Government has spent $4.3-million on apps since Liberals assumed office in November 2015

Though we love that the Liberals show that they are “trying” to care about Veterans… which one of their friends was paid $4.3 Million to create a few Apps? The average App costs between $200 & $5000, not $4.3 Million.

Once again, the Liberals show that they don’t care about how much money they spend and how in debt your grand children’s children are becoming.

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A watchdog group is urging the federal government to rethink its approach to mobile and web applications after finding that several internal digital products failed to attract large audiences, despite sizeable production costs.

Aaron Wurdick, federal director of the Canadian Taxpayers Federation, said Ottawa needs to develop comprehensive guidelines to structure the development of internal apps to ensure enterprising bureaucrats have clear instruction on when to utilize the increasingly popular format.

“We need some kind of parameters or guidelines to make sure that they’re not throwing money at something no one is using,” he told The Hill Times.

“One of the important questions they should ask for every app is do we need to do this in an app? Sometimes the government is just spitballing and hoping for the best.”

 The CTF filed an access to information request to get detailed information on the amount of money spent on government developed apps, usage rates, and download figures.

While some apps were able to draw robust download numbers, others were barely noticed, despite the thousands invested in their development.

The Veterans Matter app, developed by Veterans Affairs, cost nearly $176,000 to produce, yet only attracted 1,574 downloads, working out to $112 per download, according to government figures released by the CTF.

The app allows users to find information about the services and benefits offered to veterans, Canadian Armed Forces and RCMP members, and their families.

Parks Canada’s Parka Photo Missions app, a scavenger hunt-type game, cost $40,000 but was downloaded only 1,085 times.

Meanwhile, Parks Canada’s Learn to Camp and Heritage Gourmet apps, which provide camping instructions and Canadiana-themed recipes, respectively, were developed at a collective cost of $137,241.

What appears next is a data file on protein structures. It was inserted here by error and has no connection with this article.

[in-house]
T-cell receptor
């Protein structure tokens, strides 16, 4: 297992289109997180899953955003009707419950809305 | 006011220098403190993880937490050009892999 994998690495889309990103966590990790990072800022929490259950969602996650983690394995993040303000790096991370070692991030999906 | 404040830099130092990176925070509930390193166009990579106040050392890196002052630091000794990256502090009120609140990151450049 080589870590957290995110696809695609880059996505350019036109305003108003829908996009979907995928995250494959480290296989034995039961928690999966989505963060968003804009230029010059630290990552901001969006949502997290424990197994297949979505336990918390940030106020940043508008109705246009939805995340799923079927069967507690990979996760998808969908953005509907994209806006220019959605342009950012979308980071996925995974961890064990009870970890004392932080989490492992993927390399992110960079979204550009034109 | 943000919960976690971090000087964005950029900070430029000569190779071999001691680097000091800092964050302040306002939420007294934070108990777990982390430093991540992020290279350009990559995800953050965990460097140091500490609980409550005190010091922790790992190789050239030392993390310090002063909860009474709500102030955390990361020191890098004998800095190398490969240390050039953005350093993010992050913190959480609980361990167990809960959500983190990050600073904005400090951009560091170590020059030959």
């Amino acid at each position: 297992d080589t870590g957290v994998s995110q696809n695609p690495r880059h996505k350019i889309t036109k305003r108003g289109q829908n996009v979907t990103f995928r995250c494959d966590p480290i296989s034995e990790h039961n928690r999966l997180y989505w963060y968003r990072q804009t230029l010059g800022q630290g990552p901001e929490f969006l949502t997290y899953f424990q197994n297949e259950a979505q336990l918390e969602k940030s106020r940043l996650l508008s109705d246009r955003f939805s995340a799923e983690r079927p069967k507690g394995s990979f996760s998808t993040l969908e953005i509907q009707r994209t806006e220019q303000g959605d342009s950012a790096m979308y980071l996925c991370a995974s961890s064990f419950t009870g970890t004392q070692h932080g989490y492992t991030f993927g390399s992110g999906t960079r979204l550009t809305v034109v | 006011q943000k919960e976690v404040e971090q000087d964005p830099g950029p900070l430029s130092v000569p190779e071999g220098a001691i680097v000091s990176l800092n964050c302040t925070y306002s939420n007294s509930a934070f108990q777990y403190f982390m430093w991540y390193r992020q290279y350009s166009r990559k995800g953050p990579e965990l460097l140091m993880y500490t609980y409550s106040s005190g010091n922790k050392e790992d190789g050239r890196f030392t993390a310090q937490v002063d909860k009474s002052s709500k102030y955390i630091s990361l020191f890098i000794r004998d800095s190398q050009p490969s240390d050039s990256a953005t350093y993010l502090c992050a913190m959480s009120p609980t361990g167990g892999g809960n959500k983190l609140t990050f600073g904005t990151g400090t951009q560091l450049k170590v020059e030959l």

The Heritage Gourmet app was downloaded 17,342 times, while Learn to Camp was downloaded 106,372 times.

Separate government documents released in response to an inquiry from Conservative MP Michelle Rempel (Calgary Nose Hill, Alta.) show that the government has spent $4.3-million on apps since the Liberals assumed office on Nov. 5, 2015.

More than half of that total—$2.8 million—went into the joint development of the MyCRA and MyBenefits apps for the Canadian Revenue Agency.

The two are web-based applications and hence are not downloaded. The usage rates for MyCRA and MyBenefits were recorded as 36,932 and 15,186, respectively, in October, the last month statistics were provided.

Conversely, Explora Waterton by Parks Canada, a guided tour app for Waterton Lakes National Park in southern Alberta, was downloaded 705 times and averages 128 users per month. It was developed at a cost of $3,400.

Explora-branded apps are available for a number of national parks.

The Explora Kootenay app also cost $3,400 to produce but was downloaded 2,975 times and its estimated monthly usage rate is 540.

Alain Belle-Isle, a spokesperson for the Treasury Board Secretariat, which manages the public service, said the government’s standard on optimizing websites and applications for mobile devices sets out the requirements for mobile device applications and “only allows for the creation of these applications if they are justified.”

These justifications include user and business needs that warrant the total cost of the application, he said.

While individual departments and agencies are responsible for the mobile applications they develop, Mr. Belle-Isle said they are “encouraged to do outreach and assess user needs and preferences, using techniques such as user testing and feedback.”

“They should offer a consistent, quality user-centric experience – including on-line and through mobile devices – and they are encouraged to develop mobile applications to support their mandate and services, where it is justified,” he added.

But for Mr. Wurdick, the usefulness of these investments go beyond download numbers and dollar figures.

Some of the apps, he said, merely duplicate information already existing online, while some are structured as games, bringing into question whether there’s a need for the government to spend public dollars creating something that is already broadly available.

For example, the National Film Board produced and launched two game apps, one based on the short film Monsieur Pug and another called Cardboard Crash, a self-described virtual reality experimental that uses a Google Cardboard viewer to bring the viewer inside a self-driving car headed for an unavoidable crash.

Cardboard Crash cost just shy of $120,000 to produce and drew 11,273 downloads, while Where is Monsieur Pug cost $7,487 to develop and was downloaded 12,430 times.

Reference

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